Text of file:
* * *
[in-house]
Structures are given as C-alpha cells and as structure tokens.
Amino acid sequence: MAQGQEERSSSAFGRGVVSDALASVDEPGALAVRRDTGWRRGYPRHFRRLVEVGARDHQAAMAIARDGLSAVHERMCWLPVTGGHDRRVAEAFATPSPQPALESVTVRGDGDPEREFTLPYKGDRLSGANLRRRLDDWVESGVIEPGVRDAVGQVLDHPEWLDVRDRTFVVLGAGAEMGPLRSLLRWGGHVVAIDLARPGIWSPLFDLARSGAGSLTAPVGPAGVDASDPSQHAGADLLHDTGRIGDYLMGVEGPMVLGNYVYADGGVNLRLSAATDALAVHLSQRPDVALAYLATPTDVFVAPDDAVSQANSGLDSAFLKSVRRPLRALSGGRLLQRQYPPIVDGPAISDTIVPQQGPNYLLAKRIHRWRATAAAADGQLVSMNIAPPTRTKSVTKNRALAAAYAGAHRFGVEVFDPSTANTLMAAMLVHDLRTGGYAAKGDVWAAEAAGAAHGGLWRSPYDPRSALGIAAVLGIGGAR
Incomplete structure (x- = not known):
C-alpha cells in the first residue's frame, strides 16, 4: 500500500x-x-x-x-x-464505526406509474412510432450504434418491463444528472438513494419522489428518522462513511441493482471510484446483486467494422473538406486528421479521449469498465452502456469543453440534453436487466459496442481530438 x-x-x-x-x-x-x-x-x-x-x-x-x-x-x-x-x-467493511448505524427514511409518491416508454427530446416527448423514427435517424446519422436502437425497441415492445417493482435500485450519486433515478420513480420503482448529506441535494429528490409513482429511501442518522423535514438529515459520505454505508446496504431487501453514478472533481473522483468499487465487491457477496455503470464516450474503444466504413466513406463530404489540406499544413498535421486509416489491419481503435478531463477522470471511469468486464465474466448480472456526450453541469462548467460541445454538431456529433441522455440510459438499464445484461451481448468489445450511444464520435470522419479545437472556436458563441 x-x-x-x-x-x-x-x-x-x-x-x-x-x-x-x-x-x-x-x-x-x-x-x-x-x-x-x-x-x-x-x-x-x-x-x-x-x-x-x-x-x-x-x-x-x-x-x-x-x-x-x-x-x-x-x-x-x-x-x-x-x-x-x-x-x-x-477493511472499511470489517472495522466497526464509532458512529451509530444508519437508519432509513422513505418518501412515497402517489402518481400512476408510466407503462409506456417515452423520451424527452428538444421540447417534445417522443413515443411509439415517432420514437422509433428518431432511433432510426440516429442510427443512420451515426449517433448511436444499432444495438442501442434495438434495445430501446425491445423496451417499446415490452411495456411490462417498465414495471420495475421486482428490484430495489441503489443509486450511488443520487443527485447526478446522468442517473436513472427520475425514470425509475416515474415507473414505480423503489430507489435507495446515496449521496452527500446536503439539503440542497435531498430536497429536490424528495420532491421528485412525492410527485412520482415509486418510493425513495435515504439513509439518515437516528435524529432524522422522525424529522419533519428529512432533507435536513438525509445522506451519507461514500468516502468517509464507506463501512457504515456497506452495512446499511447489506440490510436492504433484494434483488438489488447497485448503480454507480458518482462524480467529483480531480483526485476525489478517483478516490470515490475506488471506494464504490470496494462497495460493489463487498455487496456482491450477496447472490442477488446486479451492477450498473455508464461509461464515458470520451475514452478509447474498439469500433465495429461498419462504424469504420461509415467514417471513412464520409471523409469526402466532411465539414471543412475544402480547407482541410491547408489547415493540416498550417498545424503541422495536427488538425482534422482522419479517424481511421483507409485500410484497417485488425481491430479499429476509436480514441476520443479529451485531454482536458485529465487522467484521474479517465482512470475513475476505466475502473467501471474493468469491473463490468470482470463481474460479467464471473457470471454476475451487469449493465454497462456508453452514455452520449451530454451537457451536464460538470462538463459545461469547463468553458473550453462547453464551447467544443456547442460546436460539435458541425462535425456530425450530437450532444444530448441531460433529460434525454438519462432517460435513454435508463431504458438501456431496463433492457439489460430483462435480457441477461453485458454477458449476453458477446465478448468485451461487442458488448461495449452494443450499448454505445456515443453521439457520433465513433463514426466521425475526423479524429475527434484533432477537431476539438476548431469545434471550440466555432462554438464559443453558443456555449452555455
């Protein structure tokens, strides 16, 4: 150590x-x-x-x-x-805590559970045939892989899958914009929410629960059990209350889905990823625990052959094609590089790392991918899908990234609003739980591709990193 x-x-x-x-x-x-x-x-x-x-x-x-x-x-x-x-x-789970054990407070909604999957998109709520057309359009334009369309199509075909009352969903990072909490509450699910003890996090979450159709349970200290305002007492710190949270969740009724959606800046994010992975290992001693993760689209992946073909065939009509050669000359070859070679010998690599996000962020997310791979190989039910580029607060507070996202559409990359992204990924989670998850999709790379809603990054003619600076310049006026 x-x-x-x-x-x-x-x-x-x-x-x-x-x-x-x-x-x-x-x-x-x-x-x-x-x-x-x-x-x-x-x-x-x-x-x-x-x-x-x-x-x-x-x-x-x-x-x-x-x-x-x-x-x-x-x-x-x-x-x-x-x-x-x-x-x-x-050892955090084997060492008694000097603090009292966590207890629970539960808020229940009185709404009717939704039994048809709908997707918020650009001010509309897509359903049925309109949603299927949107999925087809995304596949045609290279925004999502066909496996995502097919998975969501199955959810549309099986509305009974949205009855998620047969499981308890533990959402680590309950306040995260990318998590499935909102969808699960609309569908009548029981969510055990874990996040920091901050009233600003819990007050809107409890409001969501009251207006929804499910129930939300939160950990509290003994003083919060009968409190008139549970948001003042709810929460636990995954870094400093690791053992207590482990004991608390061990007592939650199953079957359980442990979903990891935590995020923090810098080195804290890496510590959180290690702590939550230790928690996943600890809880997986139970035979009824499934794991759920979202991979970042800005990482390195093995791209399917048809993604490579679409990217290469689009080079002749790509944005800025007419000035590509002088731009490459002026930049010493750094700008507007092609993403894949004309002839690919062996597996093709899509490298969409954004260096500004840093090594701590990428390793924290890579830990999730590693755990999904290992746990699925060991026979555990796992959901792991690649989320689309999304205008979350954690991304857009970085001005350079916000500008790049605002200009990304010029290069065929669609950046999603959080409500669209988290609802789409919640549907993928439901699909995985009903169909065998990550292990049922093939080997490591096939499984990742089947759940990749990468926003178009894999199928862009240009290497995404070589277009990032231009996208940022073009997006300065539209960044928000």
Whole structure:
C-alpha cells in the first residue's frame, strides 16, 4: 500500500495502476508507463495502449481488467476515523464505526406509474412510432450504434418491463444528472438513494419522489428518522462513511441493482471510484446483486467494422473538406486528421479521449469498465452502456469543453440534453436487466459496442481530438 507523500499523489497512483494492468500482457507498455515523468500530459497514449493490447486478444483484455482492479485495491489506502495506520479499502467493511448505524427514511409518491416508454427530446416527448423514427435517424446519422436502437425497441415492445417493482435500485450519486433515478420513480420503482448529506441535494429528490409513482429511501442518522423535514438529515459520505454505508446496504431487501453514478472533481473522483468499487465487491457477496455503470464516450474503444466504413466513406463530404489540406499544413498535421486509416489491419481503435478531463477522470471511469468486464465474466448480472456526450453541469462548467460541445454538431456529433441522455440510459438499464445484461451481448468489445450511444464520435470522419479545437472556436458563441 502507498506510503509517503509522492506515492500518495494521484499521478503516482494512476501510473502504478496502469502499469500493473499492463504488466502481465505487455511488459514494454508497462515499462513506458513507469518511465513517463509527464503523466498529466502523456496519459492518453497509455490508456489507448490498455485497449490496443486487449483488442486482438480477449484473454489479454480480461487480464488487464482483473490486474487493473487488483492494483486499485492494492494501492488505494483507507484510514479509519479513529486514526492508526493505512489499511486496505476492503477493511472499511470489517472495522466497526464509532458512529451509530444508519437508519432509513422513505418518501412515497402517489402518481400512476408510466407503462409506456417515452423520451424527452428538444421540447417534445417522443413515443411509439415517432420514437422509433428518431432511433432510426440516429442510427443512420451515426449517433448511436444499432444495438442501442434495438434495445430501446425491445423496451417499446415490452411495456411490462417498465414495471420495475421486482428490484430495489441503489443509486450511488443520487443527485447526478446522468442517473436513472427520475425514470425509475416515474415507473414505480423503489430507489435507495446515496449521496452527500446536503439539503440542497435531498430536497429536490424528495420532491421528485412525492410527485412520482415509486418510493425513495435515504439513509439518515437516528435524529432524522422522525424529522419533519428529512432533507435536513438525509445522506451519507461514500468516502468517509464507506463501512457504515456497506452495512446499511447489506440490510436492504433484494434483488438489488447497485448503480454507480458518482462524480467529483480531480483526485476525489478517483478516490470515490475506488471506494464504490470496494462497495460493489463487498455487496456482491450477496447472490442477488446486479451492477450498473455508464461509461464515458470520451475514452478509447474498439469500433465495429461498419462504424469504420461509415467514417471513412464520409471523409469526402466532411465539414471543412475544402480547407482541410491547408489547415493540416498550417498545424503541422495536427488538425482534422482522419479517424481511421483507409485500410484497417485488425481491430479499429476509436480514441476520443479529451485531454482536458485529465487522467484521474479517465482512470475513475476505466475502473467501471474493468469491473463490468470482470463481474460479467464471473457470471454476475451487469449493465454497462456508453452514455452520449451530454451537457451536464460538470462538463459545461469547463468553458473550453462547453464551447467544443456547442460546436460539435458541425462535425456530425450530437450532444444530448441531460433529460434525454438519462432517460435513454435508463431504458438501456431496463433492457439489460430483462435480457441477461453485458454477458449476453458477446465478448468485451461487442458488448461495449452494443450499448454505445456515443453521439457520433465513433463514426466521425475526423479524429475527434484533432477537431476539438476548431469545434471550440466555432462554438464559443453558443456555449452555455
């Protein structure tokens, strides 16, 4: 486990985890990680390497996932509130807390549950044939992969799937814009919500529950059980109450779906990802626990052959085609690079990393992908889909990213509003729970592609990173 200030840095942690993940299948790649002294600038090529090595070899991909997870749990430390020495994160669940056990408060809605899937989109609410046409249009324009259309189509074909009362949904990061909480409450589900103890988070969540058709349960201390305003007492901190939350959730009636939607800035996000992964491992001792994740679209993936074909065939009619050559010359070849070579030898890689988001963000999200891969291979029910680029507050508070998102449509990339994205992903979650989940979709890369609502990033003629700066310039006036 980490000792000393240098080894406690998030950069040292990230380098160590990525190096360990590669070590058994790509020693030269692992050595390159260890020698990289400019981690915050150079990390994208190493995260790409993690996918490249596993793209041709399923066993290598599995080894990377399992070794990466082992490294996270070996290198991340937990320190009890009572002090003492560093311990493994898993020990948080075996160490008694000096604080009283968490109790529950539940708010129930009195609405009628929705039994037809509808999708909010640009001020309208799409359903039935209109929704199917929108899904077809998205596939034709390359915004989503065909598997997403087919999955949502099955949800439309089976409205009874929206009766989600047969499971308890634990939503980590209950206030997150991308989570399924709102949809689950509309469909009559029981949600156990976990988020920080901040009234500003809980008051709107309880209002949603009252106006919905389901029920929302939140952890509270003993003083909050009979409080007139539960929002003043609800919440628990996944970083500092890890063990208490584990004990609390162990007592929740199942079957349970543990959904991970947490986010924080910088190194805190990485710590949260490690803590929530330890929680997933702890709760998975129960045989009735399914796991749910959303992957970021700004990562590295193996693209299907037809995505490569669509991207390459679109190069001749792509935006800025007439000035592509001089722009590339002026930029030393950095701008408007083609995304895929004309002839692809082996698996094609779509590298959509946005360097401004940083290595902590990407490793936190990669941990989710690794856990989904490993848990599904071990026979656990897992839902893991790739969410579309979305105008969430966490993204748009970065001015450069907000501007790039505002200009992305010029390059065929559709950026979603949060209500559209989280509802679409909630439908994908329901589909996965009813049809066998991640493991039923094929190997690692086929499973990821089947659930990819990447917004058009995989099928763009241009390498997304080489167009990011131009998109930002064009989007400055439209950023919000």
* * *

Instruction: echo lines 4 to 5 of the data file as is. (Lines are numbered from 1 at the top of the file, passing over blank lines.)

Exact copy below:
Incomplete structure (x- = not known):
C-alpha cells in the first residue's frame, strides 16, 4: 500500500x-x-x-x-x-464505526406509474412510432450504434418491463444528472438513494419522489428518522462513511441493482471510484446483486467494422473538406486528421479521449469498465452502456469543453440534453436487466459496442481530438 x-x-x-x-x-x-x-x-x-x-x-x-x-x-x-x-x-467493511448505524427514511409518491416508454427530446416527448423514427435517424446519422436502437425497441415492445417493482435500485450519486433515478420513480420503482448529506441535494429528490409513482429511501442518522423535514438529515459520505454505508446496504431487501453514478472533481473522483468499487465487491457477496455503470464516450474503444466504413466513406463530404489540406499544413498535421486509416489491419481503435478531463477522470471511469468486464465474466448480472456526450453541469462548467460541445454538431456529433441522455440510459438499464445484461451481448468489445450511444464520435470522419479545437472556436458563441 x-x-x-x-x-x-x-x-x-x-x-x-x-x-x-x-x-x-x-x-x-x-x-x-x-x-x-x-x-x-x-x-x-x-x-x-x-x-x-x-x-x-x-x-x-x-x-x-x-x-x-x-x-x-x-x-x-x-x-x-x-x-x-x-x-x-x-477493511472499511470489517472495522466497526464509532458512529451509530444508519437508519432509513422513505418518501412515497402517489402518481400512476408510466407503462409506456417515452423520451424527452428538444421540447417534445417522443413515443411509439415517432420514437422509433428518431432511433432510426440516429442510427443512420451515426449517433448511436444499432444495438442501442434495438434495445430501446425491445423496451417499446415490452411495456411490462417498465414495471420495475421486482428490484430495489441503489443509486450511488443520487443527485447526478446522468442517473436513472427520475425514470425509475416515474415507473414505480423503489430507489435507495446515496449521496452527500446536503439539503440542497435531498430536497429536490424528495420532491421528485412525492410527485412520482415509486418510493425513495435515504439513509439518515437516528435524529432524522422522525424529522419533519428529512432533507435536513438525509445522506451519507461514500468516502468517509464507506463501512457504515456497506452495512446499511447489506440490510436492504433484494434483488438489488447497485448503480454507480458518482462524480467529483480531480483526485476525489478517483478516490470515490475506488471506494464504490470496494462497495460493489463487498455487496456482491450477496447472490442477488446486479451492477450498473455508464461509461464515458470520451475514452478509447474498439469500433465495429461498419462504424469504420461509415467514417471513412464520409471523409469526402466532411465539414471543412475544402480547407482541410491547408489547415493540416498550417498545424503541422495536427488538425482534422482522419479517424481511421483507409485500410484497417485488425481491430479499429476509436480514441476520443479529451485531454482536458485529465487522467484521474479517465482512470475513475476505466475502473467501471474493468469491473463490468470482470463481474460479467464471473457470471454476475451487469449493465454497462456508453452514455452520449451530454451537457451536464460538470462538463459545461469547463468553458473550453462547453464551447467544443456547442460546436460539435458541425462535425456530425450530437450532444444530448441531460433529460434525454438519462432517460435513454435508463431504458438501456431496463433492457439489460430483462435480457441477461453485458454477458449476453458477446465478448468485451461487442458488448461495449452494443450499448454505445456515443453521439457520433465513433463514426466521425475526423479524429475527434484533432477537431476539438476548431469545434471550440466555432462554438464559443453558443456555449452555455